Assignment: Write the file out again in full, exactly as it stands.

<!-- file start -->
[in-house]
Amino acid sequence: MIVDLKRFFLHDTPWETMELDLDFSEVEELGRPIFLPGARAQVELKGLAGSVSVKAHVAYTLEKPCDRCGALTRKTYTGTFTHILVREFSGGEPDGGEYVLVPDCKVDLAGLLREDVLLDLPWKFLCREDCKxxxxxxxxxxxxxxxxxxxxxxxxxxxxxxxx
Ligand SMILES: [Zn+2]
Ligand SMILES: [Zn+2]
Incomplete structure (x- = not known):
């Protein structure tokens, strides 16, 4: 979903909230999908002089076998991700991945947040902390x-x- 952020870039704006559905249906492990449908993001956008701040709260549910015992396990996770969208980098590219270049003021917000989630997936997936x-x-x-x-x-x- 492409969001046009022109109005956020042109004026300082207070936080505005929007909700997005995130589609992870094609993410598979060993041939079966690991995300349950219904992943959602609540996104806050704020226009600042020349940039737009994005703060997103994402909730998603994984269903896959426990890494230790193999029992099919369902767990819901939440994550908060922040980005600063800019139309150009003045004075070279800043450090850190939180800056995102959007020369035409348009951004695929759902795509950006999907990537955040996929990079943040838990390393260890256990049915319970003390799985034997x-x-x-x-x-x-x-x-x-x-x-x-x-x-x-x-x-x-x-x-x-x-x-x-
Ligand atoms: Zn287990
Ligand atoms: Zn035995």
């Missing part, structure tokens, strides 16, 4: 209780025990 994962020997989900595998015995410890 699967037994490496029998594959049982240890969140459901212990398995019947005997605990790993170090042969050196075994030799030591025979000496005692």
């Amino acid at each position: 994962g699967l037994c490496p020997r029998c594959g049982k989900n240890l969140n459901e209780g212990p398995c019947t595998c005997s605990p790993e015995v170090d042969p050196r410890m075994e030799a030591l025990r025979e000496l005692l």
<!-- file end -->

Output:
[in-house]
Amino acid sequence: MIVDLKRFFLHDTPWETMELDLDFSEVEELGRPIFLPGARAQVELKGLAGSVSVKAHVAYTLEKPCDRCGALTRKTYTGTFTHILVREFSGGEPDGGEYVLVPDCKVDLAGLLREDVLLDLPWKFLCREDCKxxxxxxxxxxxxxxxxxxxxxxxxxxxxxxxx
Ligand SMILES: [Zn+2]
Ligand SMILES: [Zn+2]
Incomplete structure (x- = not known):
């Protein structure tokens, strides 16, 4: 979903909230999908002089076998991700991945947040902390x-x- 952020870039704006559905249906492990449908993001956008701040709260549910015992396990996770969208980098590219270049003021917000989630997936997936x-x-x-x-x-x- 492409969001046009022109109005956020042109004026300082207070936080505005929007909700997005995130589609992870094609993410598979060993041939079966690991995300349950219904992943959602609540996104806050704020226009600042020349940039737009994005703060997103994402909730998603994984269903896959426990890494230790193999029992099919369902767990819901939440994550908060922040980005600063800019139309150009003045004075070279800043450090850190939180800056995102959007020369035409348009951004695929759902795509950006999907990537955040996929990079943040838990390393260890256990049915319970003390799985034997x-x-x-x-x-x-x-x-x-x-x-x-x-x-x-x-x-x-x-x-x-x-x-x-
Ligand atoms: Zn287990
Ligand atoms: Zn035995």
């Missing part, structure tokens, strides 16, 4: 209780025990 994962020997989900595998015995410890 699967037994490496029998594959049982240890969140459901212990398995019947005997605990790993170090042969050196075994030799030591025979000496005692």
């Amino acid at each position: 994962g699967l037994c490496p020997r029998c594959g049982k989900n240890l969140n459901e209780g212990p398995c019947t595998c005997s605990p790993e015995v170090d042969p050196r410890m075994e030799a030591l025990r025979e000496l005692l």